Large sulphur isotopic perturbations and oceanic changes during the Frasnian–Famennian transition of the Late Devonian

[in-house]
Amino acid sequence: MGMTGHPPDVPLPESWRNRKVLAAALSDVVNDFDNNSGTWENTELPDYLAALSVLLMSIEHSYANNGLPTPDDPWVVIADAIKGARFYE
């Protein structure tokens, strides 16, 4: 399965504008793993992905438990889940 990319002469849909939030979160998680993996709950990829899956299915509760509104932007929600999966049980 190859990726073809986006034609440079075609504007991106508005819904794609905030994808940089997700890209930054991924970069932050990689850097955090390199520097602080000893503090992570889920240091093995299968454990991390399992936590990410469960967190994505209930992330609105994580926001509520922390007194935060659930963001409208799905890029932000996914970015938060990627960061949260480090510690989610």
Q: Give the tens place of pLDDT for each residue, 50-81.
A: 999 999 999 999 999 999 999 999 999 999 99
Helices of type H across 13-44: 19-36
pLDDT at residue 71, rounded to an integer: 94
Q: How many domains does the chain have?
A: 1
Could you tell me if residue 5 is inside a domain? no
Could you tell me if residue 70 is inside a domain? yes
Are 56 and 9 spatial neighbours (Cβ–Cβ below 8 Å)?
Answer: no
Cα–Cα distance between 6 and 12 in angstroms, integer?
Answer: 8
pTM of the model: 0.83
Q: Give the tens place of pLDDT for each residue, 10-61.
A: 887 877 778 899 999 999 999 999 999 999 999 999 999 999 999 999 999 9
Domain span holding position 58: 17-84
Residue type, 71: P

The Frasnian–Famennian transition of the Late Devonian was one of the most critical intervals in the Phanerozoic. Sulphur isotopic pairs of carbonate-associated sulphate and pyrite sulphide from coeval sections in South China and Poland reveal frequent perturbations of sulphur cycling during this time interval. These data suggest a sudden oceanic overturn during a rapid sea-level fall probably induced by jerky block tilting in the latest Frasnian. This event was followed by long-lasting photic-zone euxinia during a rapid sea-level rise in the earliest Famennian. Large increases in continental nutrient fluxes, and subsequent primary productivity and organic burial, could have greatly enhanced bacterial sulphate reduction, producing excessive sulphide through the water columns owing to iron depletion. Subsequently, rapid ventilation of oceanic basins occurred, during which direct aerobic oxidation of sulphide into sulphate predominated in bottom waters and even surface sediments with minimal fractionation. This oxygenation was probably induced by intensive climatic cooling and/or large-scale sea-level fall. The temporal coincidence of two extinction phases with the oceanic overturn and succeeding photic-zone euxinia suggests that these extreme oceanic events played an important role in the severe biotic crisis. Furthermore, photic-zone euxinia coupled with subsequent climatic cooling may have delayed post-extinction recovery of some taxa.